Tuesday, October 11, 2011


I see a great deal of discussion about Young Adult literature nowadays. The fan base for this genre appears to be larger than ever. I'm not sure if teens are doing the majority of reading and talking about it though. They're not the ones I see discussing it on Twitter and elsewhere in the World Wide Web. I assume teens continue to be the target audience for YA lit, but they certainly are not alone in appreciating it. This observation along with the following tweet gave me pause for thought which I proceeded to document.

RT @JustineLavaworm I am critical of how near monolithically white & straight & middle class (if not upper class) YA is.

My debut novel Patches of Grey focuses largely on the lives of teens but I can't say it quite qualifies as YA. Had I known how big the genre would blow up…

I probably wouldn't have changed a thing. As a teen I read books intended for adults. As a writer I write for adults, including mature teens.

To date I haven't made any of my characters vampires or zombies or wizards. I don't rule anything out for the future but I doubt you'll ever spot me on that crowded bandwagon.

I didn't think about the sparsity of teen/young characters of color in fiction when I sat down to compose Patches of Grey. I wrote about such people because that's what I knew, not to fill a void.

Perhaps in the future I'll write more strategically because that's good for the wallet & I now have a family/mortgage/other grown stuff.

Then again, I may always say "F it" and write what's in my heart/gut/mind. If it turns out to be trendy, great! If not, so be it. Usually if you write what you need to say, and do it well, you'll find people it seems to have been written specifically for.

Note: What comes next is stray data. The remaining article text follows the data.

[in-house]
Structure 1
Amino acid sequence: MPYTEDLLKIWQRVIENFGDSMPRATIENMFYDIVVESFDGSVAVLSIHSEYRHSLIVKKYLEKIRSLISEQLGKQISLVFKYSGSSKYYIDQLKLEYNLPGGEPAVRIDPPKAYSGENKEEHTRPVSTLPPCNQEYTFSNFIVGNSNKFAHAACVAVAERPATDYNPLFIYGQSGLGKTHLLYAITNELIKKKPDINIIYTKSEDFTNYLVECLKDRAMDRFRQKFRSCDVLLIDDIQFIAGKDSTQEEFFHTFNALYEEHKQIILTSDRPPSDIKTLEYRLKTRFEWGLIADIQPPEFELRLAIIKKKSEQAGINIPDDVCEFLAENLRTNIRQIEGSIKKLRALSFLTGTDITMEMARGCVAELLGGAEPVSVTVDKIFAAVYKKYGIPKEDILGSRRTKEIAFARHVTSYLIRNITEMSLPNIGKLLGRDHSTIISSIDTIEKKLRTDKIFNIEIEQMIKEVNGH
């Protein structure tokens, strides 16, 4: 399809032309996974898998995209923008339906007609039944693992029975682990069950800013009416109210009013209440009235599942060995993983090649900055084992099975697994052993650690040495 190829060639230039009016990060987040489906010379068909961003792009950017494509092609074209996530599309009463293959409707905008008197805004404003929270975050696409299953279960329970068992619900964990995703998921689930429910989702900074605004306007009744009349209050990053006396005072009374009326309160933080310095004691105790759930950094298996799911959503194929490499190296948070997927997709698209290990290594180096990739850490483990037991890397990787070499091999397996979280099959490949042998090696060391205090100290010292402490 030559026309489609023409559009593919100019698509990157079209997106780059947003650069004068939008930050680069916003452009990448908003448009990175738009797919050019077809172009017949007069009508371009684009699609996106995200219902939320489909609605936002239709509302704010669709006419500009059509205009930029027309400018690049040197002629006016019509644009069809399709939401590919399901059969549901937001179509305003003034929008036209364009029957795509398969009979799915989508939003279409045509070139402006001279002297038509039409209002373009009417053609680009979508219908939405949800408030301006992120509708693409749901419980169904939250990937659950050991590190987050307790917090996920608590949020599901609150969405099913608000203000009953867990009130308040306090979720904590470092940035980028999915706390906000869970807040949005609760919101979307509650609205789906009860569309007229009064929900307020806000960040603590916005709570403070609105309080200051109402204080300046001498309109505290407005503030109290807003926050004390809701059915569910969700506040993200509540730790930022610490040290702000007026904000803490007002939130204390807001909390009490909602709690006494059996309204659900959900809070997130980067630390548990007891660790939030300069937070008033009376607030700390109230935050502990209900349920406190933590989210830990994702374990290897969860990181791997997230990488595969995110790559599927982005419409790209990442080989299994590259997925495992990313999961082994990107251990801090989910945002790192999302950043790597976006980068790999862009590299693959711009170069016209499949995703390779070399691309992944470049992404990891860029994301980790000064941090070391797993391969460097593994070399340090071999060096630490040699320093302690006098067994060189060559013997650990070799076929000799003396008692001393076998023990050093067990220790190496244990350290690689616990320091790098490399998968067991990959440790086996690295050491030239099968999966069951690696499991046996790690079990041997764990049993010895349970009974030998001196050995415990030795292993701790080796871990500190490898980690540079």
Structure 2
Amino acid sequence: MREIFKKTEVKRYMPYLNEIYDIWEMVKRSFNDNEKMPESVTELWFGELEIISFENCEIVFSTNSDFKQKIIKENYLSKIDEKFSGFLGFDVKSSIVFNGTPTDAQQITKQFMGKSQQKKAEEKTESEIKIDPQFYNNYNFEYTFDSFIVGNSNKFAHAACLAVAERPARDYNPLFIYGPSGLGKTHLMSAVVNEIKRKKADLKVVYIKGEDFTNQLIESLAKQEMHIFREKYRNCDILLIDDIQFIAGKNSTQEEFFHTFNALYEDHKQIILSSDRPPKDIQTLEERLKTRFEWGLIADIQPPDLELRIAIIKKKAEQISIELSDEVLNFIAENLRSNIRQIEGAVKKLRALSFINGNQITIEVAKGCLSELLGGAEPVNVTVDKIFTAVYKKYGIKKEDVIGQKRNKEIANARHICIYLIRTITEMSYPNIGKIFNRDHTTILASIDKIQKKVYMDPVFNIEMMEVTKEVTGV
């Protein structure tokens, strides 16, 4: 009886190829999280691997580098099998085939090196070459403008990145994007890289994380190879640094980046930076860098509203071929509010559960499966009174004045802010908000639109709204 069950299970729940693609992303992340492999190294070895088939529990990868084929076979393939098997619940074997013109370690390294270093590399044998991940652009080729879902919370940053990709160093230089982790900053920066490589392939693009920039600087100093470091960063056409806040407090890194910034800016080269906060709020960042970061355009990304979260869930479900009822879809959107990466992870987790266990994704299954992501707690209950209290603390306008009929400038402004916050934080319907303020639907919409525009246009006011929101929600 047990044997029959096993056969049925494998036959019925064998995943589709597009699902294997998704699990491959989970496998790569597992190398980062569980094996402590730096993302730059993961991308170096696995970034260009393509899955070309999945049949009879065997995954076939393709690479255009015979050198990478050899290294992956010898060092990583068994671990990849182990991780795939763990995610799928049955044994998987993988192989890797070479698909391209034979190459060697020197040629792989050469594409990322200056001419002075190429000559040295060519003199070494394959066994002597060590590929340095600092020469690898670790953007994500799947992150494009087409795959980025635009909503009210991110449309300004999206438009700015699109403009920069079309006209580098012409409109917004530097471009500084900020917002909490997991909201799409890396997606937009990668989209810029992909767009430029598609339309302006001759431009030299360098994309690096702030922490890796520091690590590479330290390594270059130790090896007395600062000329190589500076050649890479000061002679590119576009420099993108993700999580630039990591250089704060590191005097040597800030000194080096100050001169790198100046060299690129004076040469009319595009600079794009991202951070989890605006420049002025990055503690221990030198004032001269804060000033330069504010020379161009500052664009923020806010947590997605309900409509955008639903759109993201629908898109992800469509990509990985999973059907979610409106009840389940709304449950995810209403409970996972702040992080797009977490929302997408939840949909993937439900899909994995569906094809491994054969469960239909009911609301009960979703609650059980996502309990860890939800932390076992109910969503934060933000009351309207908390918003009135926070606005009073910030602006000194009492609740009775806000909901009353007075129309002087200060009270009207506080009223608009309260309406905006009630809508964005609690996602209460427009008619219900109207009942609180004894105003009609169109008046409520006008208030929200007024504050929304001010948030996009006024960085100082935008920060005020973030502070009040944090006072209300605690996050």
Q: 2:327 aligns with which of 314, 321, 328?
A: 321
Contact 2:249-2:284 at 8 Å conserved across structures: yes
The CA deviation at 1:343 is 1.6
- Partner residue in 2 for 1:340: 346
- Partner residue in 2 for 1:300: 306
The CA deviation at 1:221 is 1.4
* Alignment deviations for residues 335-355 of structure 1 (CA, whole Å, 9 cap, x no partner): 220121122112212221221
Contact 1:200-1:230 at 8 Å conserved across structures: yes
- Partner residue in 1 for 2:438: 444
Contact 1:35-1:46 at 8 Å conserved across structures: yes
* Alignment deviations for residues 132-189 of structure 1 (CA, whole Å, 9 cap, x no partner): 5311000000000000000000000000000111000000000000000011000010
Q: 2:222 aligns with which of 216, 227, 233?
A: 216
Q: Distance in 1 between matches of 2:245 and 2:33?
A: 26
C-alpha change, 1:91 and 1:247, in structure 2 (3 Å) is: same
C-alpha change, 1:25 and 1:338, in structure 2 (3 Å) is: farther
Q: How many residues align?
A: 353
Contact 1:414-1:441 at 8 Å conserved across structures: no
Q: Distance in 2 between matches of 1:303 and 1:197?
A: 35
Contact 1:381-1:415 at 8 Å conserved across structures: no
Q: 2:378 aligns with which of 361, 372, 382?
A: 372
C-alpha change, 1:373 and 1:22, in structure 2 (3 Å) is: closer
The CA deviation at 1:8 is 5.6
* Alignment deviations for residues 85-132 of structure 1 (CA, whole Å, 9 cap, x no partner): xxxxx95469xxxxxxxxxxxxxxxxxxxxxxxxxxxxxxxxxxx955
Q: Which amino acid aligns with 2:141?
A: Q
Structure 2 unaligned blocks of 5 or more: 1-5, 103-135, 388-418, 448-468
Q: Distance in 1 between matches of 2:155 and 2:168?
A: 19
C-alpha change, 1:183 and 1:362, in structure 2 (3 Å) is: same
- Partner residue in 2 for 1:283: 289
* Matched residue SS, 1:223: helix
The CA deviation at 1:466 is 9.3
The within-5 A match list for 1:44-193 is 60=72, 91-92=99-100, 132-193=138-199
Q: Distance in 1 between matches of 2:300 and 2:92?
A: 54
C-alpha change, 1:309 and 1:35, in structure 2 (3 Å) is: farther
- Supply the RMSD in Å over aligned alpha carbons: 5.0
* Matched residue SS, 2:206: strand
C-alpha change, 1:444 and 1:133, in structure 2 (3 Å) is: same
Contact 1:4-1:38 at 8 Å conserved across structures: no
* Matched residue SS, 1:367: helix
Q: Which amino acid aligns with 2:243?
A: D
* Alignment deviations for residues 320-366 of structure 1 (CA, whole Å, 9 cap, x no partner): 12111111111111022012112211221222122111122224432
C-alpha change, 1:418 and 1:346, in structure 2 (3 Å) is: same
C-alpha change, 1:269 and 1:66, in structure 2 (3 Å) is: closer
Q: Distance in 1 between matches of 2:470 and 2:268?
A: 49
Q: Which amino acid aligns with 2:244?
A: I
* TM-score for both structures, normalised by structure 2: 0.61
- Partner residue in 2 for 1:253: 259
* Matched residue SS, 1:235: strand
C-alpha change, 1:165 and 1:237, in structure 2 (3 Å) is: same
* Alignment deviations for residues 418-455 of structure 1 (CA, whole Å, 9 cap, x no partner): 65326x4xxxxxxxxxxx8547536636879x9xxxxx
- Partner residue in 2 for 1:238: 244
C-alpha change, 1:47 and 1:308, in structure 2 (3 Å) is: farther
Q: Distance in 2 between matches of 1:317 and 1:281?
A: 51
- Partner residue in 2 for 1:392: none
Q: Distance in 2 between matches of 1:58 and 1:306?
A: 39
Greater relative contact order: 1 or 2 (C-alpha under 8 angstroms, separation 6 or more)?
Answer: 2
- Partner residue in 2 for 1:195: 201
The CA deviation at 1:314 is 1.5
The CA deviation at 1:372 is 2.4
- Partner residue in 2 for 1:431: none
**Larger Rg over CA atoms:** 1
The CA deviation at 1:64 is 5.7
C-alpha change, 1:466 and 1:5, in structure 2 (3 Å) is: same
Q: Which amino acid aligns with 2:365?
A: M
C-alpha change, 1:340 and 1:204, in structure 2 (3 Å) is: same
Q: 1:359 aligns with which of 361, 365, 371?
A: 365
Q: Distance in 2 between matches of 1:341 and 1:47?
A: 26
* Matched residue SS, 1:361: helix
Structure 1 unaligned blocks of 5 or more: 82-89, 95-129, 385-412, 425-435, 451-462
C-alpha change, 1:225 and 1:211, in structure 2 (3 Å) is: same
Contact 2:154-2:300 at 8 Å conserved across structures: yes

Some write for an audience, others write for themselves. I write for myself, & I happen to be an avid reader, so I end up writing for unknown readers as well.

When I'm done editing my second novel I plan to move on to a series of kid books. Not sure how naturally it will come to me but will give best shot.

With the planned children’s books I'm well aware in advance that there is an under-served POC market out there to be tapped. I'll write for my daughter. If she can inspire me to be a better person surely she can also inspire me to be a better writer.

So long as you write about issues & for people that are important to you, your work will have integrity. That's a major goal for me.

If you've ever read my prose you've read about subjects I am legitimately interested in, not something scribbled for a quick buck or web hits.

Just as my main training for writing novels was reading a ton of novels, my training for the planned kid books has been reading a whole lot of them. I read for myself because I love intelligent fiction and read to my daughter because that’s what a parent should do. The fact that reading for pleasure has also turned out to be research for my writing is primarily a happy accident.

I happen to be married to a fantastic illustrator (an example of her work is up above), which is pretty darn convenient for a first time children’s book author.

My second novel Matters of Convenience is strictly grown folk stuff. My synopsis of it is: it's a love rectangle. Quite proud of the brevity for it doesn’t come naturally to me. Love square would also work geometrically, but I think love rectangle has a better ring to it. Besides, all sides are rarely equal in love and war.

Author Spotlight Q&A

As always, Happy Reading!


  1. Excellent thoughts. It's important to write from your heart, no matter the market demand. I also wish there were more young adults reading young adult. That will always be something to work for.

  2. As a bookseller, I have to confess, it makes me uneasy that we sell the vast majority of today's new "Instant Classic" variety of YA to grown ups. Grown women, more specifically. I don't want to give in and believe the nagging thoughts in my brain that tell me this is just more reinforcement of the dumbing down* of America, and a sign of our growing, national attention deficit. But I can't help myself, some days.

    *Caveat: not that some of these works aren't worthy of reading, grown up or not. But "some" is the relevant qualifier there.